Weeks later our semi-rural school of white kids, was officially linked with a remote village far up the tongue of land between the River Volta and the Togoan border in Ghana’s mid-northeast. Undeterred, I wrote to the headmaster who admitted to me later that at first he thought the link was a nonsense and nothing would come of it. Nevertheless, he wrote back. We started a pen pal group. A whole year passed. I persisted. The Link took off when we secured a British 2 Council teacher-exchange grant. We were to create a garden in each school to commemorate our Link.
With the now enthusiastic support of the headteacher, I ran a working group. I attended a UKWOLA conference and returned knowing exactly what I wanted to achieve. I wrote a draft of aims and objectives to take to Ghana based around friendship, cultural awareness and human betterment. We would devise joint curriculum projects and conduct student exchanges. And together with a colleague I followed Peter’s mud map, sketched on blue airmail paper, to Pampawie. That week we met teachers, students, the village Chief and Elders, and local executives; we observed lessons; attended a dance drama performed by students; visited a nearby fish farm and attended a Durbar held in our honour and made plans for the gardens. We had agreed our aims and objectives. Now I felt swallowed whole by Ghana. When we returned, the Link gained momentum.
Looking back this was the most fulfilling experience of my life. From selling Dubble Bars (fairly-traded and made with Ghanaian cocoa) in a pre-Easter awareness and fund-raising effort to arranging an event-packed fortnight for visiting teachers and dispatching to Pampawie computer and printing equipment, a satellite phone, science equipment and much needed exercise books. This is when I left to re-join my family in Australia. I’d burnt out and now, leaving meant leaving the link. It was a visceral wrench. I felt like a mother abandoning her new-born baby. I went on to build a bed and breakfast and extensive gardens with my then husband which was to be a model of self-sufficiency and ethical living. For all the abundance and the exclamations of our guests, it still didn’t come close to the Link.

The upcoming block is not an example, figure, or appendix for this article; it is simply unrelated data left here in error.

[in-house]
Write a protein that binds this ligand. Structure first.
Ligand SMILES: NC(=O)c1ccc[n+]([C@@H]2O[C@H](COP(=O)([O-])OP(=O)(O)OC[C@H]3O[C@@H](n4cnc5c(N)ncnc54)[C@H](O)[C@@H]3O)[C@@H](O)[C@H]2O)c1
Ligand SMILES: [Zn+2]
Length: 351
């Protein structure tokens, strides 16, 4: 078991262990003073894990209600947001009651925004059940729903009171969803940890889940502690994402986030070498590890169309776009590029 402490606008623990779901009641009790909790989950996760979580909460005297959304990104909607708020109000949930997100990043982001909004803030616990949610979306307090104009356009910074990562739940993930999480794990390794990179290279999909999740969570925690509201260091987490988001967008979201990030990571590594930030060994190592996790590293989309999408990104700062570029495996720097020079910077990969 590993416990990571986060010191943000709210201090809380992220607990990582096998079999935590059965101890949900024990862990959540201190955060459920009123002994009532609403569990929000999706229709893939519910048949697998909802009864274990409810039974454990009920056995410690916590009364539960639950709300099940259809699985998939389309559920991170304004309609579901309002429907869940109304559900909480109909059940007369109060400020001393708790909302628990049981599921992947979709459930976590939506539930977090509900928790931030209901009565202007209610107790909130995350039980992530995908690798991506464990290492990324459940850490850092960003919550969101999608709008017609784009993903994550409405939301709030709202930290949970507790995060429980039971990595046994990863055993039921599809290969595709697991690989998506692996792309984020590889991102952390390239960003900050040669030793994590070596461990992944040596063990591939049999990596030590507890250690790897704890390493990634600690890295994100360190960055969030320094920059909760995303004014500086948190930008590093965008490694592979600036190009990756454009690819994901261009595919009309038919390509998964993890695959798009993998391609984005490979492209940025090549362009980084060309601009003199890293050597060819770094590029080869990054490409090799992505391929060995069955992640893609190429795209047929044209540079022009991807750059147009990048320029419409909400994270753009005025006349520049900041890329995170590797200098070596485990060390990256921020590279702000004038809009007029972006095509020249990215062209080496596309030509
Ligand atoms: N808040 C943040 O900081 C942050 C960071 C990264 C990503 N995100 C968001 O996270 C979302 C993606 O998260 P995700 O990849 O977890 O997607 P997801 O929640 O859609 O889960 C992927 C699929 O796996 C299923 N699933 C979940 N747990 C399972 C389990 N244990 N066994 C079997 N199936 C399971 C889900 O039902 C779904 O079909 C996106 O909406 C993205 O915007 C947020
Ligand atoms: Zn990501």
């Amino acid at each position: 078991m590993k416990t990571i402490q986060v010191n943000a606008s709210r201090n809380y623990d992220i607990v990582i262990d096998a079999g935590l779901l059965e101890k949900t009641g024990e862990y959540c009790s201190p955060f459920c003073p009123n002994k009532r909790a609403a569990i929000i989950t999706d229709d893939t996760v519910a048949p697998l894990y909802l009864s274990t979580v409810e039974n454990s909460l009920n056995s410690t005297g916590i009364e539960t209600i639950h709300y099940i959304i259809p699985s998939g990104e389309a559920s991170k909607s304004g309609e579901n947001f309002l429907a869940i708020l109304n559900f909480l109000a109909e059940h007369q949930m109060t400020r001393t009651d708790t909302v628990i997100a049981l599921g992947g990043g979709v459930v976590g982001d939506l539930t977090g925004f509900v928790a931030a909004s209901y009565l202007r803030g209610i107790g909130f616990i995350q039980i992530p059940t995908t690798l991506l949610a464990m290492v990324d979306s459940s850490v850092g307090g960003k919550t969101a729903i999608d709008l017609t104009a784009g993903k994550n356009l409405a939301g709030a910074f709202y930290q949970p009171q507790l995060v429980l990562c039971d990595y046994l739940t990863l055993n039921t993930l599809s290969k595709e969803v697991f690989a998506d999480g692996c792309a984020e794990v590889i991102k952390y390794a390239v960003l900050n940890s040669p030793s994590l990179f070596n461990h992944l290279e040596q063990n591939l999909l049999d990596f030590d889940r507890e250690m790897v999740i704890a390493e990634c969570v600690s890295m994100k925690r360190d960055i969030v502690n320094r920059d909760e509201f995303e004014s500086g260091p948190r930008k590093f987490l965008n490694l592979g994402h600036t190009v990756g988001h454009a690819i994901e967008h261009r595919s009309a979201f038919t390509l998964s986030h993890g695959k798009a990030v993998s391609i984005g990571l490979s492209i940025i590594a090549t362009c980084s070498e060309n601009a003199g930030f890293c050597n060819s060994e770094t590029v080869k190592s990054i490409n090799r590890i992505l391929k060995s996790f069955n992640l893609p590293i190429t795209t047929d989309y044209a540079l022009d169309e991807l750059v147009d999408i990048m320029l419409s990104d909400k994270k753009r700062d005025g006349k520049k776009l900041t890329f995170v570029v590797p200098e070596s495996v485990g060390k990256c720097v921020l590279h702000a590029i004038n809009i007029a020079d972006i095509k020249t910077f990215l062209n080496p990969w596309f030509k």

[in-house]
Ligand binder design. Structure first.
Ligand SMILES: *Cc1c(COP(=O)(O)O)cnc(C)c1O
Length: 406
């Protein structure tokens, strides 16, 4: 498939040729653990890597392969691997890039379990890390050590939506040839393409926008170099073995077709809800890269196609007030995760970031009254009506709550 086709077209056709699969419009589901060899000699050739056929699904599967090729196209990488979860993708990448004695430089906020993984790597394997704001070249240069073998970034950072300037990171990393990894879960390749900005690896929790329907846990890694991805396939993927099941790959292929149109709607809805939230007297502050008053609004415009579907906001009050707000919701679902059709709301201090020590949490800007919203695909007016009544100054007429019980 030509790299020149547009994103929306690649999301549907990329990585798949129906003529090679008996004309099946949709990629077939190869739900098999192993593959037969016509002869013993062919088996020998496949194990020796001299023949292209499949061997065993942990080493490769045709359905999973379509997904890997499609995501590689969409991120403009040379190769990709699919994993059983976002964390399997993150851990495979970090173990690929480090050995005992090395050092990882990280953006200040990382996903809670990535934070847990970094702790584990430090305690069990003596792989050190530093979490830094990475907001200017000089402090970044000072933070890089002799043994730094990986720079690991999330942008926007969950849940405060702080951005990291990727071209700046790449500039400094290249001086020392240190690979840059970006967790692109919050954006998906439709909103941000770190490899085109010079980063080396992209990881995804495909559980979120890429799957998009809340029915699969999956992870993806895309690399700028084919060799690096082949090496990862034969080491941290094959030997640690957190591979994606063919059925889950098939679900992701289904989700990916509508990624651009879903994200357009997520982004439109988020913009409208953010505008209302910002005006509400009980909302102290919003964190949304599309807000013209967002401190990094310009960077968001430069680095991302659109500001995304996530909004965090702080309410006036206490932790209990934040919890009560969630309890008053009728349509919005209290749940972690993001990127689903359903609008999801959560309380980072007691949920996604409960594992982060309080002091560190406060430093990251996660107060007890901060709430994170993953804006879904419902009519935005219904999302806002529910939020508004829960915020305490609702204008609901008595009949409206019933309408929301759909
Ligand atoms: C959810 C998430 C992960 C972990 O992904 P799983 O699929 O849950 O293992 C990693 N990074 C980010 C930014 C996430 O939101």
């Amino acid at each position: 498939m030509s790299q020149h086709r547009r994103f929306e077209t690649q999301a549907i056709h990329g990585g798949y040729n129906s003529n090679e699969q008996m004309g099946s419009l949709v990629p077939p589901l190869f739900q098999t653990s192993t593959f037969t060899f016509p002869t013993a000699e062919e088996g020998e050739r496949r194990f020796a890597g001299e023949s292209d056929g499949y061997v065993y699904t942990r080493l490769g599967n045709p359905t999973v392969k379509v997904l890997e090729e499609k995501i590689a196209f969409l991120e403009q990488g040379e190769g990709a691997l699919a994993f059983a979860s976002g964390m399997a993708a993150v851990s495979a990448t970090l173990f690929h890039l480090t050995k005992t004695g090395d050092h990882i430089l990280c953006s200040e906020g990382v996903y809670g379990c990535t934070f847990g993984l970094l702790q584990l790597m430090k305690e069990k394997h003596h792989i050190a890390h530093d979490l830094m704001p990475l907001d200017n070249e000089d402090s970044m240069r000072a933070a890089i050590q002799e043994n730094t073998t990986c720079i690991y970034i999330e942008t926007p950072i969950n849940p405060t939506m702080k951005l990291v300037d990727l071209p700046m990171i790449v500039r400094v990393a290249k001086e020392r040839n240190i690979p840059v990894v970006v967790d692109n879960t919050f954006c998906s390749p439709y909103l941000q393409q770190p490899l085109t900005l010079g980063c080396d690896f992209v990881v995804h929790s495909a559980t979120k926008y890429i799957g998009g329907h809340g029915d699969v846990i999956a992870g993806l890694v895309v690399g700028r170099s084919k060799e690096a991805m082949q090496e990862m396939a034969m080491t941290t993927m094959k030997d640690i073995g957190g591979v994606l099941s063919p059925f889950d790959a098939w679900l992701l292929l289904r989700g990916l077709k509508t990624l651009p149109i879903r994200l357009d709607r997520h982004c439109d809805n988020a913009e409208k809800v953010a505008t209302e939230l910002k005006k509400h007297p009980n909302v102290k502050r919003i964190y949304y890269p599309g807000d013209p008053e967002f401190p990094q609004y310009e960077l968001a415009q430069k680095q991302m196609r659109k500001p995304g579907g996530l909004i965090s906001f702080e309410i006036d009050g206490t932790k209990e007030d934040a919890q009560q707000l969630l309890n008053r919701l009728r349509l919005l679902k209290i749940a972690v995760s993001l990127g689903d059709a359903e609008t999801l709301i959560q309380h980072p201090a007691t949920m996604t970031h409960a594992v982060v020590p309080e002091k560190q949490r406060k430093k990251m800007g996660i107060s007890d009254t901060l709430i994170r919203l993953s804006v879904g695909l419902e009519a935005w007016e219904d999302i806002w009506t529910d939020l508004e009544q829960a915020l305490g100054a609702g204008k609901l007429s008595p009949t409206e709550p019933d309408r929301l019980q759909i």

I remain as passionate as ever, campaigning for the rights of refugees and asylum seekers in Australia in the face of ignorance and harsh attitudes, campaigning that brings me right back to my classroom. Back to the Ghana Link as the single most valuable way to open people’s eyes and touch their lives for the better. I had no idea when I flew away back in 2002 that I’d started something that would endure for over a decade, touching thousands upon thousands of lives. I knew my successor had the youth and the vitality to take the Link to its potential heights. She could do it. She has. There is a plaque in the Pampawie Garden with my name on it. I haven’t seen it. I’ve still got the press cuttings, letters, photos and a five-thousand Cedi note. And Peter’s mud map. Perhaps one day I’ll use his map again and find my way to Pampawie.
Here are a few links: http://www.modernghana.com/news/83255/1/british-school-assists-jss-in-kadjebi-district.html http://www.thepolesworthschool.com/Internationalism/Ghana/Ghanapdfs/Staff%20Visits/Report%20of%20Visit%20CLK%20and%20SIM.pdf http://www.thepolesworthschool.com/Internationalism/Ghana/Docs/REPORTROWGDH.pdf http://news.bbc.co.uk/2/hi/school_report/7966753.stm